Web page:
diabetes risk

  1. Slimmer diabetics die sooner

    Weighty matters for diabetics

    The "size acceptance" crowd is throwing a party -- a pizza party, with cake for dessert, I'm sure -- in celebration of the news that fat diabetics outlive thin ones.

    But put down the pizza and don't touch that cake, because I'm about to crash this party.

    You see, on the surface this study might look like a big win for big people: Researchers found that slim and trim diabetics have nearly double the risk of death of those with plus-sized bods.

    What's more, the increase in risk held even after they adjusted for all the usual suspects -- including the presence of any disease that might have caused them to be thin in the first place.

    But what the study lacks is a little perspective. Specifically, WHY the fattest diabetics lived longer than the thin ones.

    Seems backwards, doesn't it?

    Not so much. Type 2 diabetes is almost always a disease of lifestyle. You earn it with every McDouble, every slice of pie, and every bucket of soda.

    As a result, more than 85 percent of diabetics are fat.

    The rest -- the thin ones -- obviously didn't take the same route to the disease. They have something else going on, like a genetic disorder that leads to problems producing insulin.

    In other words, for these people, it was never about the weight in the first place -- even without putting on a single extra pound, they were already at a disadvantage.

    And that's the REAL reason the disease is deadlier for them.

    Now, if you're one of the rare thin diabetics this means you need to be extra careful with yourself.

    But if you fall into the majority, remember: Living longer doesn't mean living better... but you don't have to choose one over the other. Drop the pizza and cake -- drop the pounds -- and you'll live longer AND better.

    And if you want to learn how you could get the secret to putting yourself on the fast-track to being "NON-diabetic" in just six short weeks take a look at this special report, "Is diabetes a Bald-faced LIE!?" by our affiliates at Health Science Institute.

    Now THAT'S how you party.

  2. Waist size can predict diabetes risk better than BMI

    Time to check your pants size

    Forty inches, men. And ladies, 35.

    If you're not obese but find your waistline has reached those numbers or higher, you've got bigger problems than a figure that resembles Grimace from the old McDonald's commercials.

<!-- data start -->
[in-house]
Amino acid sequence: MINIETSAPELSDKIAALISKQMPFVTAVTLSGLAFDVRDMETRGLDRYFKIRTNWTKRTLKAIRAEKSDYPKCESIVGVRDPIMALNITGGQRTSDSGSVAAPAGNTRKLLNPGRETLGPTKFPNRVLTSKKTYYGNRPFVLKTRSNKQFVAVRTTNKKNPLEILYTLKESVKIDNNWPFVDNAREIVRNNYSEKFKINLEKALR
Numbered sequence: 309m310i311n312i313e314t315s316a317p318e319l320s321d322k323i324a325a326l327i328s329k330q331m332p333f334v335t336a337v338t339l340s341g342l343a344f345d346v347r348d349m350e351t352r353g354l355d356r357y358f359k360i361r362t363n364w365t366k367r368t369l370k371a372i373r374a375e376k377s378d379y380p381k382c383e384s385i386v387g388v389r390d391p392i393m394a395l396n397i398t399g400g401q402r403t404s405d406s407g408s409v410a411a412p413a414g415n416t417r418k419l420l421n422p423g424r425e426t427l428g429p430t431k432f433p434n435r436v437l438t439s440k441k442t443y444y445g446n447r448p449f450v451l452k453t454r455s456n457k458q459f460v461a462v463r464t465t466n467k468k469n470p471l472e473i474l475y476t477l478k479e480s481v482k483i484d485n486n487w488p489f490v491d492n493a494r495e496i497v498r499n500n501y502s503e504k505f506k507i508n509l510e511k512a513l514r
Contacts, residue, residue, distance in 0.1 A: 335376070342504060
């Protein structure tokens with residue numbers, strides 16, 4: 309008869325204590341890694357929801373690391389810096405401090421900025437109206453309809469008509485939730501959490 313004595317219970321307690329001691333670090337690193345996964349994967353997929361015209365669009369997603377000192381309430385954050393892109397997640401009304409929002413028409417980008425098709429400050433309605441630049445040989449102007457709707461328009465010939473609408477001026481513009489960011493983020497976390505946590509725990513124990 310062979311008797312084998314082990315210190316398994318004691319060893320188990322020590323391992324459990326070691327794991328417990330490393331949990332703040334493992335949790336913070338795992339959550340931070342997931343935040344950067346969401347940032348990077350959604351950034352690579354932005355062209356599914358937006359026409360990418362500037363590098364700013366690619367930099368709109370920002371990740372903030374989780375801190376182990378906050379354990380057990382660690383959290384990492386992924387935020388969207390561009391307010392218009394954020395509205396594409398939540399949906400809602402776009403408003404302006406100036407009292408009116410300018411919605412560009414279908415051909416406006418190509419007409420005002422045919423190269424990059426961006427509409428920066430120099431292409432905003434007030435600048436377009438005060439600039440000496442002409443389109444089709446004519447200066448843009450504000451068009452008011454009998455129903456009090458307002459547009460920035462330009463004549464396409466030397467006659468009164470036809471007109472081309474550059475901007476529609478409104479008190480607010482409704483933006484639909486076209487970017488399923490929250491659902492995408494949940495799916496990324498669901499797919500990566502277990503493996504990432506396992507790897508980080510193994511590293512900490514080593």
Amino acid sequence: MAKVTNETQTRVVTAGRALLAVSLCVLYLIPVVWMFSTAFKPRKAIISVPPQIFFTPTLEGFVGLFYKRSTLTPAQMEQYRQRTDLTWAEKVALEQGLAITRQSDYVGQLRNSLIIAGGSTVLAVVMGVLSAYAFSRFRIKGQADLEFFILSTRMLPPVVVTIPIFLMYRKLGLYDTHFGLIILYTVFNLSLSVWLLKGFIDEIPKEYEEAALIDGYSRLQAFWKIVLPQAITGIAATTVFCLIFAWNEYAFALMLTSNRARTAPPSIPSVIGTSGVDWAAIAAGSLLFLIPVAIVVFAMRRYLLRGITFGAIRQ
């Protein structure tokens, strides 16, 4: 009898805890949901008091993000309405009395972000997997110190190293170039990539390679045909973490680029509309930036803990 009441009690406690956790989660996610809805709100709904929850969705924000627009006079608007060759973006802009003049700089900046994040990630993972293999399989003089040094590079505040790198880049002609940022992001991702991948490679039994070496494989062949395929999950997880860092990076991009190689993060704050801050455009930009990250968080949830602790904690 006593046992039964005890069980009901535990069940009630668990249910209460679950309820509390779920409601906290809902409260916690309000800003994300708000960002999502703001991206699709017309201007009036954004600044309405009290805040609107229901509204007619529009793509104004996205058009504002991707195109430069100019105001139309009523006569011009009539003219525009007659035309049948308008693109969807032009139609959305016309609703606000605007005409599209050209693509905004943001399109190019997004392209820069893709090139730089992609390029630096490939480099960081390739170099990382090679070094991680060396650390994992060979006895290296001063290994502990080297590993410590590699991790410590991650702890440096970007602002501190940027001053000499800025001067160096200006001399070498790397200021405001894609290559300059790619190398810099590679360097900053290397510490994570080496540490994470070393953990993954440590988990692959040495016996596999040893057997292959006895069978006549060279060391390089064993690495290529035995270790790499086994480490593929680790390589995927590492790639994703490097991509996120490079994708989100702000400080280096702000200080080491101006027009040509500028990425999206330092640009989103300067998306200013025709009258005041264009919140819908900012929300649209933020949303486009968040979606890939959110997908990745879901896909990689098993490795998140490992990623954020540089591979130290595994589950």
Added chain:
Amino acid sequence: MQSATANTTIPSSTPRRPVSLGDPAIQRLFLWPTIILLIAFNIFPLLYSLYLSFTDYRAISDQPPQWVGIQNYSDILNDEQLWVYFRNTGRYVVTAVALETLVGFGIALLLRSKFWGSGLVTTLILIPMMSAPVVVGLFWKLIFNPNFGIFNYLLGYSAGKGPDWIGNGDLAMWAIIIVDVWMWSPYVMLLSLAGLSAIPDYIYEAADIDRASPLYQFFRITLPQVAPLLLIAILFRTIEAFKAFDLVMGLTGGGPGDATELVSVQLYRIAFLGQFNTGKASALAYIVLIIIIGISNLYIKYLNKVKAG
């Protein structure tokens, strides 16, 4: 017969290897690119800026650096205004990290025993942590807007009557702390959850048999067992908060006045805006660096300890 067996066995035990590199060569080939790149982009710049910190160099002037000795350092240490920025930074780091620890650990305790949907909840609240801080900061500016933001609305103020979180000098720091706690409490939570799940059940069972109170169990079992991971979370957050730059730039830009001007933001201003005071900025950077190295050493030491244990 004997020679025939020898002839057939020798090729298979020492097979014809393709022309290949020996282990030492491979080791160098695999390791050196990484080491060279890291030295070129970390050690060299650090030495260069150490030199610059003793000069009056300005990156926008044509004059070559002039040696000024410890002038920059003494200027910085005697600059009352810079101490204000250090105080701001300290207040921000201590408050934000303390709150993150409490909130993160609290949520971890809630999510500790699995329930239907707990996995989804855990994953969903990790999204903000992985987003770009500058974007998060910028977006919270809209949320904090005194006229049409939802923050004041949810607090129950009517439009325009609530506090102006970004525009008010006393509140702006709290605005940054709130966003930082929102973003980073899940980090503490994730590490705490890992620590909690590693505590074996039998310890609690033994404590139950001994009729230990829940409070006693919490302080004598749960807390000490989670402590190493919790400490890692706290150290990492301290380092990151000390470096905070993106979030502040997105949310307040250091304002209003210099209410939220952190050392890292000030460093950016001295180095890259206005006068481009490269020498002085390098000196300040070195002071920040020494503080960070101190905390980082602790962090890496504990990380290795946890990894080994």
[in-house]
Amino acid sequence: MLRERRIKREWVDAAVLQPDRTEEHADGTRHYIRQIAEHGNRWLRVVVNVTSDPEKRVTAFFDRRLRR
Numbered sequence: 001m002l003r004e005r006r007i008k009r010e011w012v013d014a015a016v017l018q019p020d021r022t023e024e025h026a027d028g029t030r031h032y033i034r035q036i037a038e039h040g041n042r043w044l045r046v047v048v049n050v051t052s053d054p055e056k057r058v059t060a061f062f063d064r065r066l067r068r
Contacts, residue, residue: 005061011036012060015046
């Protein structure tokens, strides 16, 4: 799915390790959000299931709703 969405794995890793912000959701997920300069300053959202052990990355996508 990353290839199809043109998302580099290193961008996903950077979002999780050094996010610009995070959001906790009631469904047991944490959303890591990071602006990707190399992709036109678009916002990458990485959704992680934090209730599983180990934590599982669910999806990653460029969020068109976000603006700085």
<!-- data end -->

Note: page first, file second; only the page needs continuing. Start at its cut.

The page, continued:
You've got a higher risk of diabetes.

    Obviously extra weight is always a risk factor for diabetes, but new numbers show the actual size of the waist is even more important -- especially when it comes to people who are overweight but not obese.

    That risk kicks in at 40 inches for men and 35 inches for women, so go and check your pants size and see where you fit in (I'm speaking to the men; I know you ladies have that number committed to memory even if you'll never say it aloud).

    Fat throughout the body can be harmful, but fat in the middle is the type of fat that causes hormone levels to fluctuate -- and that hormonal roller-coaster ride can cause or worsen insulin resistance.

    And eventually, you've got diabetes even if you're not obese.

    The best way to prevent new holes in your belt is to avoid the carbs. I know I say this all the time, but it's especially true here. Along with promoting overall weight gain, carbs cause the body to create fat where you want it least: right in the middle.

    A study some years back from Tufts University found people who ate refined grains and breads low in fiber had triple the increase in waist size compared to those who ate whole grains and fruits.

    You can do even better if you skip almost all the grains -- whole or otherwise -- and limit your fruit. And don't even worry about fiber.

  3. What you don't know about diabetes

    Did you know that even a little red meat causes diabetes? Or that if you swap that meat for some nuts and whole grains, you can slash your disease risk? Yeah that was news to me, too.
  4. Exercises in futility

    A slew of new studies is pumping all my favorite exercise myths -- and rather than go after them one at a time, I'm going to take them all on at once, right here, with one hand tied behind my back (you'll have to trust me on that last bit).
  5. Low fat = low risk?

    A new study makes the ludicrous claim that you don't have to lose weight or even go easy on the carbs to avoid diabetes -- just cut back on fat.

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